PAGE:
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a mean (something)

Said of something that is particularly impressive or appealing. I make a mean stew—are you sure you don't want to stay for dinner? You should ask that guy to join your band—he plays a mean sax.
See also: mean

mean something

 (to someone)
1. Lit. to make sense to someone. Does this line mean anything to you? Yes, it means something.
2. Fig. [for someone] to cause positive feelings in another person. You mean a lot to me. This job means a lot to Ann.


mod. having to do with someone or something that is very good; cool. This music is mean, man, mean. What a great sound!
References in periodicals archive ?
Addressing ordinary meanness paves the way toward more caring communities.
In this section we characterize the meanness of some Duplicate graphs.
After deducting "strength points" from "weakness points" she assigned each firm a "meanness score".
After some discussion about the permanent harmful effects bullying and meanness can have on someone, the campers pass the picture, which is now a tiny little ball of paper, around for a second time.
While several recent popular books address the topic of girls' "meanness" to one another, this volume offers a balanced, scholarly analysis of scientific knowledge in this area.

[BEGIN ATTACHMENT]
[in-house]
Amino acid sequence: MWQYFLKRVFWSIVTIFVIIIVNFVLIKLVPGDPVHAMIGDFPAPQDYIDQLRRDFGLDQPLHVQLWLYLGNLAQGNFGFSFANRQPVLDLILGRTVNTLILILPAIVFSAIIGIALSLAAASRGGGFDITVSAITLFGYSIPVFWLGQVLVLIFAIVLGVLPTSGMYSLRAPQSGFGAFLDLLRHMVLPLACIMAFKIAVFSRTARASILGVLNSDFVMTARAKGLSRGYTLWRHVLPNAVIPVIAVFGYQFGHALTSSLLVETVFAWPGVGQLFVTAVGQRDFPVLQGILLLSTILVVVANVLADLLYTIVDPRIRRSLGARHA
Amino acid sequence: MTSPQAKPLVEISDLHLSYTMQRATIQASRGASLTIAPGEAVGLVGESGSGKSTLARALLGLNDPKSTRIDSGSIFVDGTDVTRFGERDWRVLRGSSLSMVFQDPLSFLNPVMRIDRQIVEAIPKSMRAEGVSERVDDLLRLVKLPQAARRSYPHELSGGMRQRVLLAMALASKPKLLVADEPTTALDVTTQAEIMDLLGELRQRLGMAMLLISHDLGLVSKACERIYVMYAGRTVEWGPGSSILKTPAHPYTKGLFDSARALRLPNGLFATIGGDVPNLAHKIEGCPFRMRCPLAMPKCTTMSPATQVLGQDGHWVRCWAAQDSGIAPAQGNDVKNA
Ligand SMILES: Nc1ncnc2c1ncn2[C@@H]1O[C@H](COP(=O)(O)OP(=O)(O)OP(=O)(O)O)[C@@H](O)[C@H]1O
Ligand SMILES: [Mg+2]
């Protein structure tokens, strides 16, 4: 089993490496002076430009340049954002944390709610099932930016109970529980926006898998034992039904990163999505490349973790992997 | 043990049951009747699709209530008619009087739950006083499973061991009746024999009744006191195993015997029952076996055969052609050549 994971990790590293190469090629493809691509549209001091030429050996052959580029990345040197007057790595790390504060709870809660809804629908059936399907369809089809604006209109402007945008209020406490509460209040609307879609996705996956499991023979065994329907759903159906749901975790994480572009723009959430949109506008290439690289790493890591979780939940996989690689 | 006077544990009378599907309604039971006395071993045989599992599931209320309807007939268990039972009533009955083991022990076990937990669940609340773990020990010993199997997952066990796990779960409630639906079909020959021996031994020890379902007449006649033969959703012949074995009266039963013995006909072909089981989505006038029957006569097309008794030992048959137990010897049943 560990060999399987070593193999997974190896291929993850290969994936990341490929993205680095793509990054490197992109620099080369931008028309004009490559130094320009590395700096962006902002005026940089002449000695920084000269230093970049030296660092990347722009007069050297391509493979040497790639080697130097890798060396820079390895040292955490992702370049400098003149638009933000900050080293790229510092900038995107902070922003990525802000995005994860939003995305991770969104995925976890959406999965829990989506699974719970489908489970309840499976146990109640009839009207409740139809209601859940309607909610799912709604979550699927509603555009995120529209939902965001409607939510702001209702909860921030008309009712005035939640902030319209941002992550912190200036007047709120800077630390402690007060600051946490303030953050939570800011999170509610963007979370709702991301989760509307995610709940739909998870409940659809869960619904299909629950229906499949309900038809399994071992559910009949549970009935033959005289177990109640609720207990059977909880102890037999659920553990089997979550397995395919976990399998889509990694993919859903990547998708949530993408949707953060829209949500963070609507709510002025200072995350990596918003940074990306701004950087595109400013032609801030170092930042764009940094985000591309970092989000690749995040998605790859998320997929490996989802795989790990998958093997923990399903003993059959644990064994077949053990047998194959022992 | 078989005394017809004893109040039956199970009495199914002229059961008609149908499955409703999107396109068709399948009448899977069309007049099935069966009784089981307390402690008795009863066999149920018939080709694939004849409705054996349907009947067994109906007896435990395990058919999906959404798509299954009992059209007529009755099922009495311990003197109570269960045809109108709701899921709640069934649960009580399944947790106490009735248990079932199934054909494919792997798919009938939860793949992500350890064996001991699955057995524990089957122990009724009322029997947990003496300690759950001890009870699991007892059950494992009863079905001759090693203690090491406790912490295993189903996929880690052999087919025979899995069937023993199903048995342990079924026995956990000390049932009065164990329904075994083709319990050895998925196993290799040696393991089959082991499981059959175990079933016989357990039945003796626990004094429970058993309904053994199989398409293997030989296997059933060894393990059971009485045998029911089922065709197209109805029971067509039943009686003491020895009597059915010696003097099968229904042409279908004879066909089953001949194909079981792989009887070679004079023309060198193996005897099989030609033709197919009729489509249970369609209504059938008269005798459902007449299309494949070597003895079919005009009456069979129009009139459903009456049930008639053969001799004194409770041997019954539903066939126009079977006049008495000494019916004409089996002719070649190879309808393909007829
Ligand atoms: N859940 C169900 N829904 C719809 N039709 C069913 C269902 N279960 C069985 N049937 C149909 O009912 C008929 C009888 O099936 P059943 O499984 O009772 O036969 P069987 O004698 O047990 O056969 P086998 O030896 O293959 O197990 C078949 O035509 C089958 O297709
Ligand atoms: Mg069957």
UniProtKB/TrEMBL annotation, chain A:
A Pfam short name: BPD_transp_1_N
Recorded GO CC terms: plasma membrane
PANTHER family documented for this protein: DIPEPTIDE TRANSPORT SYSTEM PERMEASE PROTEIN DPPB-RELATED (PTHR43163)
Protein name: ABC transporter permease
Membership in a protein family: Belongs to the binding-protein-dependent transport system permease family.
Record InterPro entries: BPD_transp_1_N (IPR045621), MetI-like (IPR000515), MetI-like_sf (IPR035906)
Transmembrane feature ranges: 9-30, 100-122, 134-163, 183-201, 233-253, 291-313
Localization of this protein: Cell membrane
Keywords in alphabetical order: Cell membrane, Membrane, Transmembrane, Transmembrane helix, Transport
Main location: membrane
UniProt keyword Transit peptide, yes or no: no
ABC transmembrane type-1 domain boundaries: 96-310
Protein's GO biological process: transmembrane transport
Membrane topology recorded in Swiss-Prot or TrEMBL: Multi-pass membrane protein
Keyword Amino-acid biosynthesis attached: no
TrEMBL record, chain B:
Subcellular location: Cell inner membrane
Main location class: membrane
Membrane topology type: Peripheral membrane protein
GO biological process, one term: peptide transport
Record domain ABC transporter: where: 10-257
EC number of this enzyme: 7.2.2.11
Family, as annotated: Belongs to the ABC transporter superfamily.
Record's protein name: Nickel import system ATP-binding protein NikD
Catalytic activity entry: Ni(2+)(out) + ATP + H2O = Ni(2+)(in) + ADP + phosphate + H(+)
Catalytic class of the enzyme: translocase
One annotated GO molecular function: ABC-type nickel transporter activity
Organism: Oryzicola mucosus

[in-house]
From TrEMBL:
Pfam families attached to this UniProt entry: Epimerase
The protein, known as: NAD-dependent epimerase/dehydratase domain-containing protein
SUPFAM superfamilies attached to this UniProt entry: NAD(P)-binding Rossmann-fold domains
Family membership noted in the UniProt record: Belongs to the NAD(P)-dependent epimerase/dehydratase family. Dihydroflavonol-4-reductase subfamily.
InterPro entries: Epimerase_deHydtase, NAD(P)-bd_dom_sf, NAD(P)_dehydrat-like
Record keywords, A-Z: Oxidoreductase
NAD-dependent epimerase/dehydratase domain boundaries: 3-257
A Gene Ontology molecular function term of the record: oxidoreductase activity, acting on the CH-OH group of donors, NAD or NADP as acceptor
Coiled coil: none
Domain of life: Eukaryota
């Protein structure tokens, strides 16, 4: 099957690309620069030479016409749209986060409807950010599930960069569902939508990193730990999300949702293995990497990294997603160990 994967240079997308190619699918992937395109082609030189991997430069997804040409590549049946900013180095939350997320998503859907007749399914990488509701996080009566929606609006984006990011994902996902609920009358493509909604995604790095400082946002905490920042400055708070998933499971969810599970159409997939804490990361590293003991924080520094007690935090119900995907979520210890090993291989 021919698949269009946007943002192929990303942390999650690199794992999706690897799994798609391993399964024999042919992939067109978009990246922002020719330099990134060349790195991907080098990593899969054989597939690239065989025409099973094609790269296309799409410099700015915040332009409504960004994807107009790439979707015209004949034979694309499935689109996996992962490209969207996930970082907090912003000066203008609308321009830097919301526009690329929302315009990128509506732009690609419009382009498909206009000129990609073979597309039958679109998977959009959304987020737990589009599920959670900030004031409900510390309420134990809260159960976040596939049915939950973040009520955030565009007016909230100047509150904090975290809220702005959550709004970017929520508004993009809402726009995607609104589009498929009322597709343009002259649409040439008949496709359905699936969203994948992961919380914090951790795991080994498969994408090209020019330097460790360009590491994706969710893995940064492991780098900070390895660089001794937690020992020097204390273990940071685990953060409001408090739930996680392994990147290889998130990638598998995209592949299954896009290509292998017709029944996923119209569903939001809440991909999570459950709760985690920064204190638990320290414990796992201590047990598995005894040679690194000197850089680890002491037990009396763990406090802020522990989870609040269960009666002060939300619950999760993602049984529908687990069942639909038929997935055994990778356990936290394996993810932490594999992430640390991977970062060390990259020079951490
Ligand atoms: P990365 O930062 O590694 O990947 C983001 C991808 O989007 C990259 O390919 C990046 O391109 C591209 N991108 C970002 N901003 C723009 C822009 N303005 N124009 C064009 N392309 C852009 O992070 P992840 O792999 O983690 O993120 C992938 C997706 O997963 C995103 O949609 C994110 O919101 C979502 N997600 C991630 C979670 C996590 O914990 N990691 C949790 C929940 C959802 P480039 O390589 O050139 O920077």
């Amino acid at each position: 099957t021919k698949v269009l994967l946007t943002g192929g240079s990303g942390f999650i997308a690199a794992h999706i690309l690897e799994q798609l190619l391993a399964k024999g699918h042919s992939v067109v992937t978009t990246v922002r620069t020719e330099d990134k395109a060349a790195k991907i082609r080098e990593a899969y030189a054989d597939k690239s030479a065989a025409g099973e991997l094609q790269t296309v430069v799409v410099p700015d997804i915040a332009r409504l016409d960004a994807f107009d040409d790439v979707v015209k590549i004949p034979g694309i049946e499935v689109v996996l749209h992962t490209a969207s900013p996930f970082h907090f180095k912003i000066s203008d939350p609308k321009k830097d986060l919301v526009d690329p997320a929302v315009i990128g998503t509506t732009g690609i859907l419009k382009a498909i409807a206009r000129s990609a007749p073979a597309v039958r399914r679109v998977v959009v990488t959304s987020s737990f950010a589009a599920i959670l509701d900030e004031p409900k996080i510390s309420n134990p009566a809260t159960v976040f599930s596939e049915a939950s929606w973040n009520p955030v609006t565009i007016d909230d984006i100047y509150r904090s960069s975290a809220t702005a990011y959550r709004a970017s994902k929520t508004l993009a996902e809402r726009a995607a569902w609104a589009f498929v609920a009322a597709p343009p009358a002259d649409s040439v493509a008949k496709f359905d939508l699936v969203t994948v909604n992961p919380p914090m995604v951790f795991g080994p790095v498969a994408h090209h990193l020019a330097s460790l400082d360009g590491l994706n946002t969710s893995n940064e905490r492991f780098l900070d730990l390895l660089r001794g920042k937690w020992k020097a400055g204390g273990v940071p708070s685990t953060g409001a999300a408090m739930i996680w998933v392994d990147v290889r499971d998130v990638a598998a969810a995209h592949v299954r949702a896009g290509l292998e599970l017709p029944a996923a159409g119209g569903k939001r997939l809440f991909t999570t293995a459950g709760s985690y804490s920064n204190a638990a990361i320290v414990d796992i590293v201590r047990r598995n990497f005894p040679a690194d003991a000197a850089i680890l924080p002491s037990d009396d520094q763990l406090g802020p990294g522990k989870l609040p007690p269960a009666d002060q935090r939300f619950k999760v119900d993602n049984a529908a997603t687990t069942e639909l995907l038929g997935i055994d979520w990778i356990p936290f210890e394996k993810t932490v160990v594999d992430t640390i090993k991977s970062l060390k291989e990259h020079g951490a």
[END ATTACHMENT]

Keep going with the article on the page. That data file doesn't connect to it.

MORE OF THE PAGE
Defeated by his quest for shine, Boy Boy projects his frustrations onto his wife, who then converts her anger at him into fuel for a meanness that will give her life meaning but will damage her children.
A little man with a foul mouth, a fearful volatility, and a basic meanness.
Actually, conservatives have been doing quite well in the meanness sweepstakes, thanks largely to the impressive efforts of Ann Coulter.
For the protagonists the descent from lofty ambition to mundane realities is inevitable because of the discrepancy between the grandeur of their aspirations and the meanness of opportunity, which causes them to modify or abandon their goals.Dorothea, Lydgate and Ladislaw represent a wish to live by values higher than the values of Middlemarch.
All the strange secrets of the past, humanity's meanness, loneliness, survival: basic subjects, maybe, but surely the building blocks of any great art.
Meanness, the very thing which is unforgivable in human social life, in poetry is thrilling and valuable.
"There is a lot less physical fighting and interpersonal meanness and putdowns--that unhappy stuff that happens all the time in most schools," Shapiro adds.
Childhood meanness always has been a part of growing up--taunting other youngsters, playing malicious practical jokes, including gossip and put-downs, vying for pecking order in snobbish (or rebel) cliques.
Small gestures--reaching, touching--revealed a meanness as well.
They can not conceptualize meanness or acts of purposeful injury to others.